Wednesday, Oct. 5, 2011
By Harris Blackwood, Director, Governor’s Office of Highway Safety, and Gary W. Black, Georgia Agriculture Commissioner
Few things are as enjoyable as a ride on some of Georgia’s rural roads. The countryside is beautiful; the fresh air is invigorating; and escaping from the traffic jams of the city is a welcome change.
It is harvest season here in Georgia, and drivers on our rural roads are more likely than ever to encounter farm equipment in use during this busy time. But just as a motorist is entitled to use those roads, our farmers are also entitled to use those same roads to get their farm machinery from farm to farm or field to field. All too often, a motorist driving at or above the speed limit will encounter a tractor, combine or other piece of farm machinery that is traveling at only 15 to 25 miles per hour. A collision between a passenger vehicle and a tractor can easily result in serious injury or, in some cases, even death.
It is important for Georgia drivers to remember that farm equipment is designed to be used in fields and is not designed to travel at highway speeds. Many times, it is wider than the lane of travel. A farmer who sees a passenger vehicle behind his farm equipment understands your trip is being delayed and, if at all possible, will pull off the road at a safe location to allow you to pass. However, the shoulder lane of some our rural roads may be soft, wet or steep and that can cause the farm vehicle to tip or become stuck, or the shoulder may not be able to support the heavy machinery. Please be patient until the farmer can accommodate your needs. And please remember that a momentary slow-down is preferred to a serious injury or even death.
Here are a few things to think about:
-If you’re driving 55 miles per hour and come upon a tractor that is moving at 15 miles per hour, it only takes five seconds to close a gap the length of a football field between you and the tractor.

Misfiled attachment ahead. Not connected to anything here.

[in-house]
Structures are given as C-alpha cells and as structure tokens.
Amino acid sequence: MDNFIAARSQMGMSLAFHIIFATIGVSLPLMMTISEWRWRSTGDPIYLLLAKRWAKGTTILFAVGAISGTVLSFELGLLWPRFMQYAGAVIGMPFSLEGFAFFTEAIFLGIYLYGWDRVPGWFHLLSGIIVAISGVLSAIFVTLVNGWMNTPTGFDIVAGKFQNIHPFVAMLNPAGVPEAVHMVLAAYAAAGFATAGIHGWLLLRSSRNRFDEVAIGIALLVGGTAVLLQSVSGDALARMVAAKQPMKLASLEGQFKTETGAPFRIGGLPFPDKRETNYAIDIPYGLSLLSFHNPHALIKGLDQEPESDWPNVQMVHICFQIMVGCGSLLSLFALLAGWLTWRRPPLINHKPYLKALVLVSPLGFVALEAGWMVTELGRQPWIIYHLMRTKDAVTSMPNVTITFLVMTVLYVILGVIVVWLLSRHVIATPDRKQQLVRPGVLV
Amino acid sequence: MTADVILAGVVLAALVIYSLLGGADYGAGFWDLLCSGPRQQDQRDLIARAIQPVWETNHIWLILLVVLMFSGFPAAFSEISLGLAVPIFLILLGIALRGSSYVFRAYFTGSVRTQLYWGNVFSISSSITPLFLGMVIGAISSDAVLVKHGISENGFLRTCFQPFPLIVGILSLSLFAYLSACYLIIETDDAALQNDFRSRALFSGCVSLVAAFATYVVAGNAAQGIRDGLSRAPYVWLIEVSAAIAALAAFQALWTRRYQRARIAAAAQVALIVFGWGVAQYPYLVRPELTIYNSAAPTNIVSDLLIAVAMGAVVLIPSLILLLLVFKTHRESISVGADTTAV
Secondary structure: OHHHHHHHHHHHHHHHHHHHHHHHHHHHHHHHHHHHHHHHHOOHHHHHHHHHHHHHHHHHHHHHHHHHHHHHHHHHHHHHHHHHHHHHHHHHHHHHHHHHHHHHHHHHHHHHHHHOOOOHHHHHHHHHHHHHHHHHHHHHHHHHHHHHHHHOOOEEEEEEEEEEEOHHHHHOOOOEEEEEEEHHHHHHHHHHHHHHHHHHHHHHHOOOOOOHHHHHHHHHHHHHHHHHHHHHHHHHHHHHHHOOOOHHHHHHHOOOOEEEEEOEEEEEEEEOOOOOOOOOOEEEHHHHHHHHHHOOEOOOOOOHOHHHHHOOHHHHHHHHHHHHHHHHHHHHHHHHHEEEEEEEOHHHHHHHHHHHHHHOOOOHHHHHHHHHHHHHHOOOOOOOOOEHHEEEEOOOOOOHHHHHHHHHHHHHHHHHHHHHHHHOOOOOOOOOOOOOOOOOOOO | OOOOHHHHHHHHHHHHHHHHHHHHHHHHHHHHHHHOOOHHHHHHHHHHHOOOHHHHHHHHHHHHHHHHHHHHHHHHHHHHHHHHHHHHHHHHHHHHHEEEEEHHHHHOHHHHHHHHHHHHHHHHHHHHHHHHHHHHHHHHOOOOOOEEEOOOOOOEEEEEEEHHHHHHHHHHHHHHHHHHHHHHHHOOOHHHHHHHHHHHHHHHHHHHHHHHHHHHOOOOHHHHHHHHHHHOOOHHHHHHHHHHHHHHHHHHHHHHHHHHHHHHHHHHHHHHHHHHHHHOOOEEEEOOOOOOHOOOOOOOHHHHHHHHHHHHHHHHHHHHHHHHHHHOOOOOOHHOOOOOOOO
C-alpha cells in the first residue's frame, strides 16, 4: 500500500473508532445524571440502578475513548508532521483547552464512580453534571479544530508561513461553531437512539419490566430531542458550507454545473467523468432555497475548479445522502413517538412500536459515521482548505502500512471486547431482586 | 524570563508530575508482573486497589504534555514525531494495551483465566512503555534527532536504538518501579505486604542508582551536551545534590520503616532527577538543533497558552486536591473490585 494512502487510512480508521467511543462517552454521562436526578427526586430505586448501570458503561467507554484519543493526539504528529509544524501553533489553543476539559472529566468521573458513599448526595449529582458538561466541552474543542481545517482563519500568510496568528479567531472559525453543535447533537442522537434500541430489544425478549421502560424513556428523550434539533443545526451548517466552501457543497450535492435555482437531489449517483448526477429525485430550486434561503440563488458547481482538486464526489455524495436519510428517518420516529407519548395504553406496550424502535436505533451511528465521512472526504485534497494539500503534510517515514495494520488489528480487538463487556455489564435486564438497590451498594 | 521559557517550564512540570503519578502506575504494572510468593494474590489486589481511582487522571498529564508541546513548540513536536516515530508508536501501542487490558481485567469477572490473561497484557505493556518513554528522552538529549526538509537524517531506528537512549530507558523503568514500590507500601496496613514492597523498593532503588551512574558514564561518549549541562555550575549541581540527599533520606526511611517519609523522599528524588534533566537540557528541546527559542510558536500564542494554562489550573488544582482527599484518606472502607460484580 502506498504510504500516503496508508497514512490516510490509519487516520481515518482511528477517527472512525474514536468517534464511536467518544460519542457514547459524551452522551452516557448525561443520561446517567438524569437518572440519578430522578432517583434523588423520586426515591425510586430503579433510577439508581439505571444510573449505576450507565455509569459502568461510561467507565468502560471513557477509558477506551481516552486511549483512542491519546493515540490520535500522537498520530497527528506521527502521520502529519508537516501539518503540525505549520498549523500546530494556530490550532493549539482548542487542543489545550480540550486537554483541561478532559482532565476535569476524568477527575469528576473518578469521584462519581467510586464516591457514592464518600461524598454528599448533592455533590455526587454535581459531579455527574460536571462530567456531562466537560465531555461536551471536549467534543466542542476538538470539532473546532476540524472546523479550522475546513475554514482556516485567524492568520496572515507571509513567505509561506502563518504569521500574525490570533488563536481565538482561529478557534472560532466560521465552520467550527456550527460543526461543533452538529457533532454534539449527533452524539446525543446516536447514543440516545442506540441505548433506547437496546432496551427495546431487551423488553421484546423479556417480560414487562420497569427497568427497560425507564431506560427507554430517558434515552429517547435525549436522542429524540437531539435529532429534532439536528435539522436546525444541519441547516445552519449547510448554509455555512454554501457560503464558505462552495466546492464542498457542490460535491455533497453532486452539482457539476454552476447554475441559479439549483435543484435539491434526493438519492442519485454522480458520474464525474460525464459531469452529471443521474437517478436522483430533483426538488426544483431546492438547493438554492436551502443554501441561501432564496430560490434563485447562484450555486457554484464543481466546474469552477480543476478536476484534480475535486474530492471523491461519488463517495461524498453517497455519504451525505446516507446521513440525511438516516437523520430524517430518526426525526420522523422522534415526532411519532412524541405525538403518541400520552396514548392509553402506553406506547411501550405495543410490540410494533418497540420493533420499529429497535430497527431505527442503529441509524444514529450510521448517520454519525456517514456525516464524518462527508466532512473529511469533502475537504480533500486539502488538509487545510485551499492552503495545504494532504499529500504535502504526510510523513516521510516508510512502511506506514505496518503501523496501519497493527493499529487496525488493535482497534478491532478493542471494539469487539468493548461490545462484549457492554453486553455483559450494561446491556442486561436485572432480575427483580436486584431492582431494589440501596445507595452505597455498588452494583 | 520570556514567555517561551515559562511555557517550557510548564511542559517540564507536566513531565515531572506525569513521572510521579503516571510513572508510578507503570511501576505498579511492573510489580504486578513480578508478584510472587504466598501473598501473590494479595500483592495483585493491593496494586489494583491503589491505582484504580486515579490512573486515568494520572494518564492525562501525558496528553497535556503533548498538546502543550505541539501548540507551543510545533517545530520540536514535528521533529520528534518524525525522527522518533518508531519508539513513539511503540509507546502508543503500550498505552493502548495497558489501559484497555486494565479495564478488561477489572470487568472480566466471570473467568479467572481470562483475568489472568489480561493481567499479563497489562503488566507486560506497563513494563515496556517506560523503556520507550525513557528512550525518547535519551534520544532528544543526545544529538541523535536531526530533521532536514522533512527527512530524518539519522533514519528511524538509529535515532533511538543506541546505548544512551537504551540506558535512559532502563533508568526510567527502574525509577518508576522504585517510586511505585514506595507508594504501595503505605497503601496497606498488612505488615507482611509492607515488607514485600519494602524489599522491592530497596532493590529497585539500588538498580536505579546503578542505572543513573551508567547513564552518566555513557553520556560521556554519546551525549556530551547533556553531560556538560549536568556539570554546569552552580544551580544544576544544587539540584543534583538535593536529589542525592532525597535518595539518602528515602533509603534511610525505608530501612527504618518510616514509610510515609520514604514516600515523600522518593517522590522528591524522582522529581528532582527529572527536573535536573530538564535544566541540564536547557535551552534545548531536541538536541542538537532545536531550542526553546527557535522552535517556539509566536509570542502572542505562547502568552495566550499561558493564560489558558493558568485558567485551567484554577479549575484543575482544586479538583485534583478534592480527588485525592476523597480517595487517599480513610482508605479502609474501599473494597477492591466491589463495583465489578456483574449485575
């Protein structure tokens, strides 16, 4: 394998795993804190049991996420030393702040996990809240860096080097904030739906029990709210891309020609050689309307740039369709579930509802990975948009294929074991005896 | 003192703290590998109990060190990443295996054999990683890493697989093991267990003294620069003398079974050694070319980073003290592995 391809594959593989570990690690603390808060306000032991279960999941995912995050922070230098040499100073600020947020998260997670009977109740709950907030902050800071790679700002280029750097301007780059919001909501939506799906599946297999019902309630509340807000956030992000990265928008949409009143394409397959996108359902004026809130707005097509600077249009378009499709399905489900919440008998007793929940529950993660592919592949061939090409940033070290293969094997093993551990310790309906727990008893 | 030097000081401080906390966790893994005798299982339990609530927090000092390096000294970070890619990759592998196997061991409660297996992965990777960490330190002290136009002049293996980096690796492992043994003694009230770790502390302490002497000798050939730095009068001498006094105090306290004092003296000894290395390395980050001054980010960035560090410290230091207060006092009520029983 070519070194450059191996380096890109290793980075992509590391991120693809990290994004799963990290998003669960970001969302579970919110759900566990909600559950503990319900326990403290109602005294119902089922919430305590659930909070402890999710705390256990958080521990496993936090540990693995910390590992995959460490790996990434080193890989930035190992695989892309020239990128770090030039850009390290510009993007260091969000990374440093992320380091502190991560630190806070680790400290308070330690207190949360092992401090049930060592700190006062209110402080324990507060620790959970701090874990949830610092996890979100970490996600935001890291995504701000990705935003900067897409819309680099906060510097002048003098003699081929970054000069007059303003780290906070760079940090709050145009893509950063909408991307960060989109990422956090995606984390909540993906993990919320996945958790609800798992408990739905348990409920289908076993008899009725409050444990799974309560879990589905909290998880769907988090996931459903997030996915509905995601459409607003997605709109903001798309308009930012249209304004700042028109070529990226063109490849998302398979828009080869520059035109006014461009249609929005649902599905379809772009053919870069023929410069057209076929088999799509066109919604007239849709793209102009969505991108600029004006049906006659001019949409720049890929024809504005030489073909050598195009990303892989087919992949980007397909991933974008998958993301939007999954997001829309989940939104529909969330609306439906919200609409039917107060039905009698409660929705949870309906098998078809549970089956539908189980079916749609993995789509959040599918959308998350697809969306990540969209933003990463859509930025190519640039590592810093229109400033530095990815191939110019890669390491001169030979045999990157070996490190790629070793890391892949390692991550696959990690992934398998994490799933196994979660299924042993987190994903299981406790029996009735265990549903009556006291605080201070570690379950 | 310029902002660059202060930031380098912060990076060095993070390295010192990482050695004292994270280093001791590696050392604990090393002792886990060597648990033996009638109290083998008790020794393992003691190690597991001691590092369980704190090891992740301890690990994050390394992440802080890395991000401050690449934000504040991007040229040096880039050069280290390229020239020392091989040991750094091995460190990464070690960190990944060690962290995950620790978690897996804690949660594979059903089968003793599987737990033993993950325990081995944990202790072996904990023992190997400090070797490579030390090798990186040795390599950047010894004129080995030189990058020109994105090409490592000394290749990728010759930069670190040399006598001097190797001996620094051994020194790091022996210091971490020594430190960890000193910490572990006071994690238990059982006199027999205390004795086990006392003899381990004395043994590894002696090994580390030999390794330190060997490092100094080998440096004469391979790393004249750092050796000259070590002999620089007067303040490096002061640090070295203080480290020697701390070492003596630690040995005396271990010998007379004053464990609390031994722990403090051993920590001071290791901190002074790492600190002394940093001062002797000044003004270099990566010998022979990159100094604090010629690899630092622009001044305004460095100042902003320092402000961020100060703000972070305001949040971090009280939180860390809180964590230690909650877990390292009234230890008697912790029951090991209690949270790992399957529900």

-Even if you have to slow to down to 20 miles per hour and follow a tractor for two miles, it only takes six minutes of your time – the equivalent of waiting through two traffic lights.
-In 2010, there were 1,249 traffic-related deaths on Georgia roads. Of those, 30 percent occurred on rural roads, compared to 19 percent in metro Atlanta. The wide open spaces of our rural countryside are inviting and enjoyable, but excessive speed combined with the prospect of meeting a farm vehicle at a slower speed is a deadly combination.
Georgia is fortunate to be able to report that, in recent years, the number of fatalities has gone down in our state due to increased use of seat belts and newer vehicles with added safety features. Our city and state law enforcement officers have also worked diligently to reduce the number of drivers who are impaired by drugs or alcohol. Last year more than 40,000 people were arrested for driving under the influence.
Just as our agriculture and highway safety agencies are working together, we need the partnership of Georgia drivers to make our rural roads safer. Let’s all work together to make this a safe harvest season for farmers and every Georgian out on the road.